Galaxy, jet, and obscuring disk in NGC 1068

Measurements of the polarization of the light near the nucleus of NGC 1068, a nearby and prototypical type 2 Seyfert, provided strong evidence that it actually contain a type 1 nucleus which is blocked from our direct view by an obscuring ring or torus of material. The nucleus produces a radio jet at right angles to this hypothesized torus, which must lie almost at right angles to the galaxy's disk plane. Recent VLBI observations may have detected this torus, as shown in this montage. HST images are used to show the galaxy as a whole and the conelike illumination pattern of highly ionized gas which must see the nucleus directly, then the radio jet and finally a tiny structure which has the right size, orientation, and temperature to be the obscuring disk. If this in fact the obscuring material, this is an important piece of evidence for the unified scheme for Seyfert galaxies. This is simply the notion that many type 2 Seyferts would be type 1 objects if we could see them from the proper direction, nearly along the axis of the torus so that our view is not blocked. These special directions are often marked by both radio jets and cones of intense radiation, which we see either as they ionize ambient gas or are reflected from clouds rich in dust that happen to lie within the cones.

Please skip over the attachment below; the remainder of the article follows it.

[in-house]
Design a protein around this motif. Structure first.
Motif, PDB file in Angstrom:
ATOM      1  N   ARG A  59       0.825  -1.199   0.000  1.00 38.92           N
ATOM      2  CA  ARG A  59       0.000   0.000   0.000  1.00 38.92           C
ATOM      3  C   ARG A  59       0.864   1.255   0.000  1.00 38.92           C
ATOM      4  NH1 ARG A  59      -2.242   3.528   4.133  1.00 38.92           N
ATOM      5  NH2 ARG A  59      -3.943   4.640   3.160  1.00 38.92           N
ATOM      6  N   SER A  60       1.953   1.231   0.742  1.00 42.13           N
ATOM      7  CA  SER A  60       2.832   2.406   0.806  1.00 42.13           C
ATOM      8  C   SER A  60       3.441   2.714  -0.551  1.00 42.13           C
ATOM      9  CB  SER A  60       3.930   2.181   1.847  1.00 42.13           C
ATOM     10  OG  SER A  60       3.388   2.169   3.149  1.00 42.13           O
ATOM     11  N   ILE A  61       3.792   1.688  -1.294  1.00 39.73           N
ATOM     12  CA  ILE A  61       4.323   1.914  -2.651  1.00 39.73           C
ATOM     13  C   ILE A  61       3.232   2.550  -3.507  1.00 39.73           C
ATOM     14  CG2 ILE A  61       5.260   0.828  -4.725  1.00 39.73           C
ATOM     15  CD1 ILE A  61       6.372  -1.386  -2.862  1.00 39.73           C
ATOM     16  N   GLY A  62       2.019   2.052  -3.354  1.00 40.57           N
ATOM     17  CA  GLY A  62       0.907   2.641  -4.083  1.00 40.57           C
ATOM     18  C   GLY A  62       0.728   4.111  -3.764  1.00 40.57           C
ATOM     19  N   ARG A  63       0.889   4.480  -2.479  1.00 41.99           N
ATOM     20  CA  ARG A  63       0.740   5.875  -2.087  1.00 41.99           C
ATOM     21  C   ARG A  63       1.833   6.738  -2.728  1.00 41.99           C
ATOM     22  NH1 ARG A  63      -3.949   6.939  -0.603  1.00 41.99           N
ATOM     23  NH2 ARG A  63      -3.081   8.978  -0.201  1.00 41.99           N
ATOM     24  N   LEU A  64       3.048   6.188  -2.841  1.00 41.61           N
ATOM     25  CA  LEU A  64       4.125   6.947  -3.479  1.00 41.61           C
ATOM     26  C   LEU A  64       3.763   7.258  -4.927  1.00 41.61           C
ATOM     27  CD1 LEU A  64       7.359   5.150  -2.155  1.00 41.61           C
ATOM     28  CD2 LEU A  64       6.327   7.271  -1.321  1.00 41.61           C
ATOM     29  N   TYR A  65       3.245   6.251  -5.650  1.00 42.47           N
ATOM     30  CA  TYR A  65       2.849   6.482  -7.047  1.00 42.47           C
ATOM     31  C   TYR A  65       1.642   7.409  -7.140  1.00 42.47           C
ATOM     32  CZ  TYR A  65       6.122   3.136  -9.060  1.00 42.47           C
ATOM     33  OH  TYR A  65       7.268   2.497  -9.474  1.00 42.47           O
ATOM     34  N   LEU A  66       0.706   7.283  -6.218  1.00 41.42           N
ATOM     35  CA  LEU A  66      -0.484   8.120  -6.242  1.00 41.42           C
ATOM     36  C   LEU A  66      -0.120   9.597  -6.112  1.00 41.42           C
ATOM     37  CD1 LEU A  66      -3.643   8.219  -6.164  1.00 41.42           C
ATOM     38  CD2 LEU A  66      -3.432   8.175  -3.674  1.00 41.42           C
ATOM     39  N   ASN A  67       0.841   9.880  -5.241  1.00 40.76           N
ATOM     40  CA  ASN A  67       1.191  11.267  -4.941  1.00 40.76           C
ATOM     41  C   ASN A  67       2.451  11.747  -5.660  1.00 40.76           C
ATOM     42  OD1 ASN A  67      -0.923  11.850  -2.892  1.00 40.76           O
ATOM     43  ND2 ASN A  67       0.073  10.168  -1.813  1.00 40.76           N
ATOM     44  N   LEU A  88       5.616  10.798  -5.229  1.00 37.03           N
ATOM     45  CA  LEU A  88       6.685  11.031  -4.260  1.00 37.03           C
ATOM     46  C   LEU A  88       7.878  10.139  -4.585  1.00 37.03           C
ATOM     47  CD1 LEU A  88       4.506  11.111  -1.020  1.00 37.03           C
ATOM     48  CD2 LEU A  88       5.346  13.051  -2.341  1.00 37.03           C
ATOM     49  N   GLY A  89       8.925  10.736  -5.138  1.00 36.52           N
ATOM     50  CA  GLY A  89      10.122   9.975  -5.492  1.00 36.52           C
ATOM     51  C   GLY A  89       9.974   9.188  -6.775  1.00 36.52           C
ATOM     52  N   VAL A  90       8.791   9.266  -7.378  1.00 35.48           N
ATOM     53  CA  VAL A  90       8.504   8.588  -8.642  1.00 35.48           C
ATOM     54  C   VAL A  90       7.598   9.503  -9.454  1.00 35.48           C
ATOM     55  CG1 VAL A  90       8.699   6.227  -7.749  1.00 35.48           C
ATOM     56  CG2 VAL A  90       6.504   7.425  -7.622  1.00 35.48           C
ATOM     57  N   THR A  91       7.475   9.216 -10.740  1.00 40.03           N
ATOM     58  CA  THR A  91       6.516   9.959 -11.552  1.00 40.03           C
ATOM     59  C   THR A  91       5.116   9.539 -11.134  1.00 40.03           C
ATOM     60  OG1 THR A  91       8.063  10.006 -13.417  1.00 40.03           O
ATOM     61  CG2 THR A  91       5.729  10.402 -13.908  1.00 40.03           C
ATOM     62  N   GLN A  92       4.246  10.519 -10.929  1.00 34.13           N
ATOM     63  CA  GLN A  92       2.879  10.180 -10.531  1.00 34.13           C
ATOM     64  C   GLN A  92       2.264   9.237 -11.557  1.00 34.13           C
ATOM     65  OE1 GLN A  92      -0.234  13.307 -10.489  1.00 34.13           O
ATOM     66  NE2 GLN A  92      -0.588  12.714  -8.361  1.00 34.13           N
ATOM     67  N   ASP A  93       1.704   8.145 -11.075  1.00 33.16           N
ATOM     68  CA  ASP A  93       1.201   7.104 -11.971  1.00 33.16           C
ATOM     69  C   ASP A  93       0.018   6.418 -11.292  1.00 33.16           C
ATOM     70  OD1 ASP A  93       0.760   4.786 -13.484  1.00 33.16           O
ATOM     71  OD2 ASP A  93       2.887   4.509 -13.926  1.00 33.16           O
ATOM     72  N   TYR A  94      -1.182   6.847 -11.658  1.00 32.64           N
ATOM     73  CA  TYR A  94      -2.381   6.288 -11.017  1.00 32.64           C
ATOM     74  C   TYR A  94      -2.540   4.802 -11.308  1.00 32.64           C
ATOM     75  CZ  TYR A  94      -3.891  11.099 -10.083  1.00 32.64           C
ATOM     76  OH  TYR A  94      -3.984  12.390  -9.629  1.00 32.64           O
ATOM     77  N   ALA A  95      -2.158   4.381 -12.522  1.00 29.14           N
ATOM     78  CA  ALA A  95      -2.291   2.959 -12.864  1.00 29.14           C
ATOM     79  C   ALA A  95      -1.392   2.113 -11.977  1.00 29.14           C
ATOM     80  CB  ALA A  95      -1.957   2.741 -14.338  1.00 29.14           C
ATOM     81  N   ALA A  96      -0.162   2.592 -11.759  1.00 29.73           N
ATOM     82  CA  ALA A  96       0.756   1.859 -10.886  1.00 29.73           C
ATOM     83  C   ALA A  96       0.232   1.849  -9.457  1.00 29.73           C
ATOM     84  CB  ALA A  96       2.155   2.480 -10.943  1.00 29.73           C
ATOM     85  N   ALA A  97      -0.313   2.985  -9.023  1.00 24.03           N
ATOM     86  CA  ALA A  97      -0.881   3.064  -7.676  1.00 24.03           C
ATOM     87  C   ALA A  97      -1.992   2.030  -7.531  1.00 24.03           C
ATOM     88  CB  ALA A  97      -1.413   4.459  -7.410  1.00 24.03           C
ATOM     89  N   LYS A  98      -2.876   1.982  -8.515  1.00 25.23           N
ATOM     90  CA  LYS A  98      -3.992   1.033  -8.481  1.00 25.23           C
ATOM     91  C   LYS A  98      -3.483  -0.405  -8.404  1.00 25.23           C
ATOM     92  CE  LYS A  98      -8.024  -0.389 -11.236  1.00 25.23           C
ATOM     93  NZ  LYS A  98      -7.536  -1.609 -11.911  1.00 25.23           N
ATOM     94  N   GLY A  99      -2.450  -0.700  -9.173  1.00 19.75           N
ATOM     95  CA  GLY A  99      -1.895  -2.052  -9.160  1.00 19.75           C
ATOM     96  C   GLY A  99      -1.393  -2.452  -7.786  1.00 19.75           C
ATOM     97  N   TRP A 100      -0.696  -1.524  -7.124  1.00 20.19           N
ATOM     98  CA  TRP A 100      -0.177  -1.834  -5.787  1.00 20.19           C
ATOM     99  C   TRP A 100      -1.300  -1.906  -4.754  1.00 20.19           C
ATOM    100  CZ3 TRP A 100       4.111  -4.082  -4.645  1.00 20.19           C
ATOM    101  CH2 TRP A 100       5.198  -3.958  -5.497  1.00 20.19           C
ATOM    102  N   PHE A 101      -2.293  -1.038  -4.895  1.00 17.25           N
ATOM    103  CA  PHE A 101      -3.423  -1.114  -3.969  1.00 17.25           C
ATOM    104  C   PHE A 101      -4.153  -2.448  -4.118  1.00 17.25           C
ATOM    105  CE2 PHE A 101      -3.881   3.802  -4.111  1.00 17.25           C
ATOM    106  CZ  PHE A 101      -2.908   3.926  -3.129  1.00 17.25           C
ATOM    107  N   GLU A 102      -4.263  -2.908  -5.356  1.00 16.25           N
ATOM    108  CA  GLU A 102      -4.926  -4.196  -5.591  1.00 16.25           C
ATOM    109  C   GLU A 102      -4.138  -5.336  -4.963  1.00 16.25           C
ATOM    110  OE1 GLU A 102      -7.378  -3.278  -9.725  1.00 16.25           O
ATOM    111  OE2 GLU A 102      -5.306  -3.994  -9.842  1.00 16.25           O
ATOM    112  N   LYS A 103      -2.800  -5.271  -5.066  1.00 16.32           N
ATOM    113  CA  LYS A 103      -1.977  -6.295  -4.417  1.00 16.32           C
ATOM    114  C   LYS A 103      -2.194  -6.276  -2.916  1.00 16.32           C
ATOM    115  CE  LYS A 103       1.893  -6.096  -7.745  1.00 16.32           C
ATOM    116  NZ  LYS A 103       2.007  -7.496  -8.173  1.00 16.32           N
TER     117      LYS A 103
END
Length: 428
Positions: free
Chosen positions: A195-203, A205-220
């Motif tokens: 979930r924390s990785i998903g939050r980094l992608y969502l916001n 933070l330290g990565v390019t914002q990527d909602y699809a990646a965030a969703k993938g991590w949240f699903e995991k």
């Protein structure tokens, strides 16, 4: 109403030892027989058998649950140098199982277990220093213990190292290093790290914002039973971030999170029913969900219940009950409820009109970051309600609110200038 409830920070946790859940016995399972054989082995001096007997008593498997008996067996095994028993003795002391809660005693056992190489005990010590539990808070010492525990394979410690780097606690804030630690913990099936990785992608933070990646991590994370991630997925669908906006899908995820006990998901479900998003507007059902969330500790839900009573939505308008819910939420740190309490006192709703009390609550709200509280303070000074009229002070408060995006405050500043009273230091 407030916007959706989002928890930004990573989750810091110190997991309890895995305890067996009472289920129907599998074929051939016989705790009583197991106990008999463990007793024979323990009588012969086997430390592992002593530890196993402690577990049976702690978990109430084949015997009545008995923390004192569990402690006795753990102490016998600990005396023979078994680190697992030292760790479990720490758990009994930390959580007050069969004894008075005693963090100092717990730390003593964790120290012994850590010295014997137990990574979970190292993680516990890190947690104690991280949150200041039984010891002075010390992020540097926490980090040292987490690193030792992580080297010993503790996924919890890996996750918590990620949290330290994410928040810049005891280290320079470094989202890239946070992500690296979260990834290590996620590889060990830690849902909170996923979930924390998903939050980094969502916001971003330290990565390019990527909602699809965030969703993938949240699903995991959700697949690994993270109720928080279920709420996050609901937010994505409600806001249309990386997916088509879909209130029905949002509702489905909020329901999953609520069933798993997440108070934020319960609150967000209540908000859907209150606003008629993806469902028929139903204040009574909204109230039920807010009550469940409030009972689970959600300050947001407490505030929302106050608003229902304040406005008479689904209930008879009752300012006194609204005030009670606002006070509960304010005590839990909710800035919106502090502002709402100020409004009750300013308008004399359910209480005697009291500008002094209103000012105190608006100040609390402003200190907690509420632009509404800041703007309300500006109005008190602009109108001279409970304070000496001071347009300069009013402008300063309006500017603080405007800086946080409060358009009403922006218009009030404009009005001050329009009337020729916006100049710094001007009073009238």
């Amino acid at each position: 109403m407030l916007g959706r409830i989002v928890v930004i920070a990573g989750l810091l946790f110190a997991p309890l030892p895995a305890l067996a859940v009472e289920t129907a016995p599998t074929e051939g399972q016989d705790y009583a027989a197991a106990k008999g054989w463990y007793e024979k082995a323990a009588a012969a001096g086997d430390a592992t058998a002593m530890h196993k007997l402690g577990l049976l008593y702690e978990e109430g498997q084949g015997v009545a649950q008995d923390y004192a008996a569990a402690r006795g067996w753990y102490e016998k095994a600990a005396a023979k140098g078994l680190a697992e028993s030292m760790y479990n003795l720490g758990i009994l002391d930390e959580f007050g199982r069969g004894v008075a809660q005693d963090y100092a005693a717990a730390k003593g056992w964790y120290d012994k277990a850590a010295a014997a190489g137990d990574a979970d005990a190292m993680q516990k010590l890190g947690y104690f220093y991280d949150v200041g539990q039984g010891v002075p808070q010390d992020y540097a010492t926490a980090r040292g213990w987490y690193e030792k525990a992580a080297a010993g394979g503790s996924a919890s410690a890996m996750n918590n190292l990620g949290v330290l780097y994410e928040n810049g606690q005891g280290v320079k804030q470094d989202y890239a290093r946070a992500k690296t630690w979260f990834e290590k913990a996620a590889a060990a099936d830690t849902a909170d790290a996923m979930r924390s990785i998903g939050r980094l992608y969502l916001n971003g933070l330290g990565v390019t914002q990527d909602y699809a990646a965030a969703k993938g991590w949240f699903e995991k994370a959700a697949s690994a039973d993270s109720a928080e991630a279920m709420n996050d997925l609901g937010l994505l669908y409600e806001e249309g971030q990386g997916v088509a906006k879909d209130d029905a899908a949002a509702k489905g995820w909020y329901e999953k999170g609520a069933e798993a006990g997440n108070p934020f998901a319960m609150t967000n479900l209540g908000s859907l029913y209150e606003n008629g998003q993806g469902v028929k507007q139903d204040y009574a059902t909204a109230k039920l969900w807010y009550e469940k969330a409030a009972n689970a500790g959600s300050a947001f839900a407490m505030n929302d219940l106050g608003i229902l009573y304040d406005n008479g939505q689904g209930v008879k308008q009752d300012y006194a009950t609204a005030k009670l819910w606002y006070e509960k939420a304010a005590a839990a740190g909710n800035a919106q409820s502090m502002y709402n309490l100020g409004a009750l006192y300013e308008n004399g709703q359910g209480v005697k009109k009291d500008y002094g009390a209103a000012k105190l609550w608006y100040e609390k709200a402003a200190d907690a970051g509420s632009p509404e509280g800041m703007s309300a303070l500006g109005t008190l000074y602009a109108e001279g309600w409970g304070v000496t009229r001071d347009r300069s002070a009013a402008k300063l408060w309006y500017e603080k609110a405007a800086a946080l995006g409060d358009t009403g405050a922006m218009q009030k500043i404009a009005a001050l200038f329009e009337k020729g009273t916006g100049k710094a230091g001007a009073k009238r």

The radio data include a VLBI image from 10 elements of the VLBA plus the phased VLA for the inner torus and a MERLIN observation of the radio jet, provided by Jack Gallimore and discussed by Gallimore, Baum, and O'Dea in Nature 388, 852 (1997); special thanks to Jack for pointing out that the forst version of this montage put the nucleus 0.3 arcseconds too far north. The optical images are from HST, including the FOC image of the inner emission region that was released publicly immediately after the 1993 servicing mission.

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